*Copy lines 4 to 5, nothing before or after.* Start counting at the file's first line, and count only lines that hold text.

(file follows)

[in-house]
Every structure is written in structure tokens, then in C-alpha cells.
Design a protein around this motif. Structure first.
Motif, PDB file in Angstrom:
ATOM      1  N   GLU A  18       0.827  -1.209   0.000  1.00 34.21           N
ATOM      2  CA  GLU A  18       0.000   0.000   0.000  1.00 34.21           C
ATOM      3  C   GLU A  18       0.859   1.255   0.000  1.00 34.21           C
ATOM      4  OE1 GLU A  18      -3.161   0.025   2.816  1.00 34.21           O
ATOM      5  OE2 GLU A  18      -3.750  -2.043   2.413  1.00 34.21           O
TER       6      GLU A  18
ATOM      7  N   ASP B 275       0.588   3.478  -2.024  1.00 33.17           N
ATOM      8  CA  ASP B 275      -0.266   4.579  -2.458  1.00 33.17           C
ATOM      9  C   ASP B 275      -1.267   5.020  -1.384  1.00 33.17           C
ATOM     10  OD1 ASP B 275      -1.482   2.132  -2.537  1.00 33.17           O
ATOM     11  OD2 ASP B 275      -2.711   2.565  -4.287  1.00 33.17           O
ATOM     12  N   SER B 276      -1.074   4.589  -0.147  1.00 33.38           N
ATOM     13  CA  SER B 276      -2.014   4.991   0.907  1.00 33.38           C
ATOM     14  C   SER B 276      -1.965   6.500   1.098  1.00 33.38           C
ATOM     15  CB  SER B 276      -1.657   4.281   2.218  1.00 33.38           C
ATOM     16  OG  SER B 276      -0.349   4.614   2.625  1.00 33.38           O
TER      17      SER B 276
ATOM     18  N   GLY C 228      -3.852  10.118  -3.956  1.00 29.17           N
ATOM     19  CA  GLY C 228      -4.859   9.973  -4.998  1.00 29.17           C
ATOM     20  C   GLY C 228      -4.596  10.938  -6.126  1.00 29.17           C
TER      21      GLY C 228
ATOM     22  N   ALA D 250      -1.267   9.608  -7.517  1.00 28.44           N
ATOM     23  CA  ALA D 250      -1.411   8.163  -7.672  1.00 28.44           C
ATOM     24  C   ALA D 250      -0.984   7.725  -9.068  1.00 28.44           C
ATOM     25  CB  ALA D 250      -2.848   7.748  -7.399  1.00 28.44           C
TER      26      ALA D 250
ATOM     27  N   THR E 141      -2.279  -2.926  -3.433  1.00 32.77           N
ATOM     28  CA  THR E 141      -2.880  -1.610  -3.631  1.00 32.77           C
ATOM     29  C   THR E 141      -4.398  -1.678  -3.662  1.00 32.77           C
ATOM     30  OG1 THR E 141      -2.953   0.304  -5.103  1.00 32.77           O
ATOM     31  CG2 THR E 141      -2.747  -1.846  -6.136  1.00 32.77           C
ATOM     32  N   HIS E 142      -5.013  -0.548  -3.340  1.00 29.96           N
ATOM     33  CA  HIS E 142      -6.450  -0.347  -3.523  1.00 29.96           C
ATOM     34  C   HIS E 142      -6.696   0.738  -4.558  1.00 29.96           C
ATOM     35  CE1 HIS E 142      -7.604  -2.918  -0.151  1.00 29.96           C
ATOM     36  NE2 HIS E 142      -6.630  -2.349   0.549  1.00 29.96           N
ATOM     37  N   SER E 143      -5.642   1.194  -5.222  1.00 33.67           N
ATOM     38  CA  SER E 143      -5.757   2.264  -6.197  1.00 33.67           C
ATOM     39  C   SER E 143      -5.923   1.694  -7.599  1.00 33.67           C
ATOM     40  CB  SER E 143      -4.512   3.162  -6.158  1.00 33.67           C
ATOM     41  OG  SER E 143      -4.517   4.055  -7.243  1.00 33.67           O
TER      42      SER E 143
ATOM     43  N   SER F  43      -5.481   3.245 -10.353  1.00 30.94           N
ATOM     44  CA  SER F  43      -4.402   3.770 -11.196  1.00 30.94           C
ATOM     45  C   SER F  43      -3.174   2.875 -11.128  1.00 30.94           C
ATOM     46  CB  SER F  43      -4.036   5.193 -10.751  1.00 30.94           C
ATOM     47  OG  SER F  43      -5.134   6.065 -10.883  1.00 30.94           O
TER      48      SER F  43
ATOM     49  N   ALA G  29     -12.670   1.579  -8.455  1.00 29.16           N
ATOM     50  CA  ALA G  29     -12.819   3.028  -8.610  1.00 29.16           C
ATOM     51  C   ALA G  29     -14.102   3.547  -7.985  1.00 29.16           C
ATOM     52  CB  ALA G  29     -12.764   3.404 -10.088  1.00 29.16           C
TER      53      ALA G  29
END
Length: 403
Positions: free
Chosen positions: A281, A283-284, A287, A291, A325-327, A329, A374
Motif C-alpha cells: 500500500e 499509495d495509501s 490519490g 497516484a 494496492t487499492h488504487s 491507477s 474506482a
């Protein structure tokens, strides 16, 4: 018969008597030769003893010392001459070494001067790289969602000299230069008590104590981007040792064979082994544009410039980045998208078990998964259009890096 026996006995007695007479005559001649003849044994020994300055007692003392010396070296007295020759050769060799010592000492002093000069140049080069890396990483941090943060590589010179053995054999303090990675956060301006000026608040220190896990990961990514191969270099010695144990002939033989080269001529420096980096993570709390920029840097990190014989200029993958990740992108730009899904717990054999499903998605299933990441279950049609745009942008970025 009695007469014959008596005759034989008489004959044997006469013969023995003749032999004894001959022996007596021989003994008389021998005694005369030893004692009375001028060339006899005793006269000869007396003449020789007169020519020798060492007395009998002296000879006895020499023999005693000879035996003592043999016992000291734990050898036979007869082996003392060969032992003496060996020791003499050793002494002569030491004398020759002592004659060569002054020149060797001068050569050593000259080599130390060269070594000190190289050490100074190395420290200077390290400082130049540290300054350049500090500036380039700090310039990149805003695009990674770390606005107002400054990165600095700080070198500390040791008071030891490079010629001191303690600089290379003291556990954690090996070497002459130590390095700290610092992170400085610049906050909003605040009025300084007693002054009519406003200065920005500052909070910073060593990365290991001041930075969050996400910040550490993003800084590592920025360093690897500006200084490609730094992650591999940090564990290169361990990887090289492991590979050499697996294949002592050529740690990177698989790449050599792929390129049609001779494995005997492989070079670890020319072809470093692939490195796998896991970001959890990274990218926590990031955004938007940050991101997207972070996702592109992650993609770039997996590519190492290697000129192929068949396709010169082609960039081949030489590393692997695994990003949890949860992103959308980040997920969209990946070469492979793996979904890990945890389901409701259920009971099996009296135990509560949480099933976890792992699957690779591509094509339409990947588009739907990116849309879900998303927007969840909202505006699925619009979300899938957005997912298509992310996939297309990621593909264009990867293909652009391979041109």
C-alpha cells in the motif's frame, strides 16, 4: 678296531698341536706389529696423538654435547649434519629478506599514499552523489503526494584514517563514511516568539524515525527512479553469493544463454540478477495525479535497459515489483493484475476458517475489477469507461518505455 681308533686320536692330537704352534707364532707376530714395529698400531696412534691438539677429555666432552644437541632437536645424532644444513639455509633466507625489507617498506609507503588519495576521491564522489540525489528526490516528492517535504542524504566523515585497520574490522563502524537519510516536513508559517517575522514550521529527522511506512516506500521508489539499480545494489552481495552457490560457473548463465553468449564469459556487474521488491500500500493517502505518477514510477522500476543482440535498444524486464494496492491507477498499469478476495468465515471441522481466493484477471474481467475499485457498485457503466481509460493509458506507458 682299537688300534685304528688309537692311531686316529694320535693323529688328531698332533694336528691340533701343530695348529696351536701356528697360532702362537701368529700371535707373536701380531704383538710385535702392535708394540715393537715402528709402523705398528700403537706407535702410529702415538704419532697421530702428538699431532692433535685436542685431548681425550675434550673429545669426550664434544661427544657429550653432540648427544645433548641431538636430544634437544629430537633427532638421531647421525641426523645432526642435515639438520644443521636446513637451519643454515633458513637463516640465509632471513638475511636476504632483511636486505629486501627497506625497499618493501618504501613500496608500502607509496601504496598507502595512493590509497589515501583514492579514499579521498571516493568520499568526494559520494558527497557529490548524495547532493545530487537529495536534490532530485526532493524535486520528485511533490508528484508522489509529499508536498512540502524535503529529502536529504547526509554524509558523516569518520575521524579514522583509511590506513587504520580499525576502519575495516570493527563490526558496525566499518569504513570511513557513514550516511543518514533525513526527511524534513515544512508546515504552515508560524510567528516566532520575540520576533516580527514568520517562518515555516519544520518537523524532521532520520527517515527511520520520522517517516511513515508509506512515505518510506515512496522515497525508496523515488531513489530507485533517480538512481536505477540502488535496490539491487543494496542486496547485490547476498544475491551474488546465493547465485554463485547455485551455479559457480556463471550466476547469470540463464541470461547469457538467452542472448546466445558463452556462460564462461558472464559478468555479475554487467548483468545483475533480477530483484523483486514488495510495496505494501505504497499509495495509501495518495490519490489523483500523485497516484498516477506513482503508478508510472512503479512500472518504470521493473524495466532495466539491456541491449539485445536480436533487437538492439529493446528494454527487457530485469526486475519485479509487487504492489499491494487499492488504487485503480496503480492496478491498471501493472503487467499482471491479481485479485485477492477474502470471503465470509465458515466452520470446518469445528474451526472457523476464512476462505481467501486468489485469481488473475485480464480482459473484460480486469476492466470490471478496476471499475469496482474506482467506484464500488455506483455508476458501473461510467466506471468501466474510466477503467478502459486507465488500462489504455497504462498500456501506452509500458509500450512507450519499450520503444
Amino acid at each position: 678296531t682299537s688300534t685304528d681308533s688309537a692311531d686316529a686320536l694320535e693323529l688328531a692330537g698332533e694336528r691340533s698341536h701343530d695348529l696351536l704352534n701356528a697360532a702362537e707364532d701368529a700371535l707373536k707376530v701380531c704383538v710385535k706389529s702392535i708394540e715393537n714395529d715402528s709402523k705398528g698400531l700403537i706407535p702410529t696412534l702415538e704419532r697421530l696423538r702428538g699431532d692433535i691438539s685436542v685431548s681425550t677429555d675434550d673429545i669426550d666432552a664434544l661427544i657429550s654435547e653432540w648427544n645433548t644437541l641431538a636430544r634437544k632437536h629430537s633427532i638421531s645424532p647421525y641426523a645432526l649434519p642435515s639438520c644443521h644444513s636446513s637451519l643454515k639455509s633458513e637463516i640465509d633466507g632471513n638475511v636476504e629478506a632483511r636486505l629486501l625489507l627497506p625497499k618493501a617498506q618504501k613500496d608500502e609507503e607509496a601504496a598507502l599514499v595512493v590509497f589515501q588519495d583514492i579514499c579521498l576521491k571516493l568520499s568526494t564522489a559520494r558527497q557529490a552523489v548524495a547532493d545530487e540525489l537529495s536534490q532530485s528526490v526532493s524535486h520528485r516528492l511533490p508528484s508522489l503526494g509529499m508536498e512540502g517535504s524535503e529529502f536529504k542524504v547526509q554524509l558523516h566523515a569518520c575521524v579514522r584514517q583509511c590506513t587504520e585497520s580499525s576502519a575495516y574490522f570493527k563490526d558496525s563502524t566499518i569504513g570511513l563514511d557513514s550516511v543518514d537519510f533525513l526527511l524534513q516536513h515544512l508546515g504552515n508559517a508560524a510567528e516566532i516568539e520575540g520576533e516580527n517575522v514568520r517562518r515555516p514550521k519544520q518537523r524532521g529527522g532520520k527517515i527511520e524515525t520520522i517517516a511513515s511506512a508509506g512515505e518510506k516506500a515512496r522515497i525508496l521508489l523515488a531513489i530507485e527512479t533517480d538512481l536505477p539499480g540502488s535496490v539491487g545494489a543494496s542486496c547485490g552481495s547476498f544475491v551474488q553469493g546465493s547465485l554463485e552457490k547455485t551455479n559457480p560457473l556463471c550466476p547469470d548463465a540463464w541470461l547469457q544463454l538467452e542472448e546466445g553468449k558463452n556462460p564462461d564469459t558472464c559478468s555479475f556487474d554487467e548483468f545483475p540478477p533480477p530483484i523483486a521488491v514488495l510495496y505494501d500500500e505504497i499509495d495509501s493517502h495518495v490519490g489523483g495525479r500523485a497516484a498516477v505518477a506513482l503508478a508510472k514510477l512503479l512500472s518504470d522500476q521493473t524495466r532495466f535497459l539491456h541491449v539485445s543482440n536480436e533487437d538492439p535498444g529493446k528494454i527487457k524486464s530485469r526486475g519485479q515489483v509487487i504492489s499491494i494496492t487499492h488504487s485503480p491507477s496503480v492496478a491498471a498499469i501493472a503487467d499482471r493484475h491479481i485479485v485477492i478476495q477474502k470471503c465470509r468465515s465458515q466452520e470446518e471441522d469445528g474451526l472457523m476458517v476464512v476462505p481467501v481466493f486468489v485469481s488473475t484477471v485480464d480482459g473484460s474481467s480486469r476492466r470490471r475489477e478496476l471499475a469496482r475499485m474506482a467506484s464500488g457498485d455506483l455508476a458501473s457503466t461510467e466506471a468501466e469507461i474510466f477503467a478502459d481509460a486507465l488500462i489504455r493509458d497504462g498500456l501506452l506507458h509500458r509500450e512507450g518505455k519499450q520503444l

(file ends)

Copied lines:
Motif, PDB file in Angstrom:
ATOM      1  N   GLU A  18       0.827  -1.209   0.000  1.00 34.21           N